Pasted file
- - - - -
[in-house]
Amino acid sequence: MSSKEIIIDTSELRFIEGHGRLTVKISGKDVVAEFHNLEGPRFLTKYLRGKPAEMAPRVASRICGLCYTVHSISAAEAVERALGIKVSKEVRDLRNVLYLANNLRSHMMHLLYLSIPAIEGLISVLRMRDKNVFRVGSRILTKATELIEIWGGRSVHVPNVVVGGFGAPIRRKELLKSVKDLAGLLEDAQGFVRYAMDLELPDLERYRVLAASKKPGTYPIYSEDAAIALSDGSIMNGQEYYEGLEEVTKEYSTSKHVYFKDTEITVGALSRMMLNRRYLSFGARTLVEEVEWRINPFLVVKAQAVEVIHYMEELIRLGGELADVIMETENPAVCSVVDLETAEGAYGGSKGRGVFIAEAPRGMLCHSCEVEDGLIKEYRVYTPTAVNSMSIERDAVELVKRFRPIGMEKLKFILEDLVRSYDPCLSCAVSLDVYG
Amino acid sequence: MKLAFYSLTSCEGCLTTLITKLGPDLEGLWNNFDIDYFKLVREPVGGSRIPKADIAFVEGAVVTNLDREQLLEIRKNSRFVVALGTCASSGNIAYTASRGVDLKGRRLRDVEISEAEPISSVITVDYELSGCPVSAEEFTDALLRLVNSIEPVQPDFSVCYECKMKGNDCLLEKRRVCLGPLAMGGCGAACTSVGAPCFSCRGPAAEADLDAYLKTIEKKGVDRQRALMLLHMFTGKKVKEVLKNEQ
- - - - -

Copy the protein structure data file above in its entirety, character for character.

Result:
[in-house]
Amino acid sequence: MSSKEIIIDTSELRFIEGHGRLTVKISGKDVVAEFHNLEGPRFLTKYLRGKPAEMAPRVASRICGLCYTVHSISAAEAVERALGIKVSKEVRDLRNVLYLANNLRSHMMHLLYLSIPAIEGLISVLRMRDKNVFRVGSRILTKATELIEIWGGRSVHVPNVVVGGFGAPIRRKELLKSVKDLAGLLEDAQGFVRYAMDLELPDLERYRVLAASKKPGTYPIYSEDAAIALSDGSIMNGQEYYEGLEEVTKEYSTSKHVYFKDTEITVGALSRMMLNRRYLSFGARTLVEEVEWRINPFLVVKAQAVEVIHYMEELIRLGGELADVIMETENPAVCSVVDLETAEGAYGGSKGRGVFIAEAPRGMLCHSCEVEDGLIKEYRVYTPTAVNSMSIERDAVELVKRFRPIGMEKLKFILEDLVRSYDPCLSCAVSLDVYG
Amino acid sequence: MKLAFYSLTSCEGCLTTLITKLGPDLEGLWNNFDIDYFKLVREPVGGSRIPKADIAFVEGAVVTNLDREQLLEIRKNSRFVVALGTCASSGNIAYTASRGVDLKGRRLRDVEISEAEPISSVITVDYELSGCPVSAEEFTDALLRLVNSIEPVQPDFSVCYECKMKGNDCLLEKRRVCLGPLAMGGCGAACTSVGAPCFSCRGPAAEADLDAYLKTIEKKGVDRQRALMLLHMFTGKKVKEVLKNEQ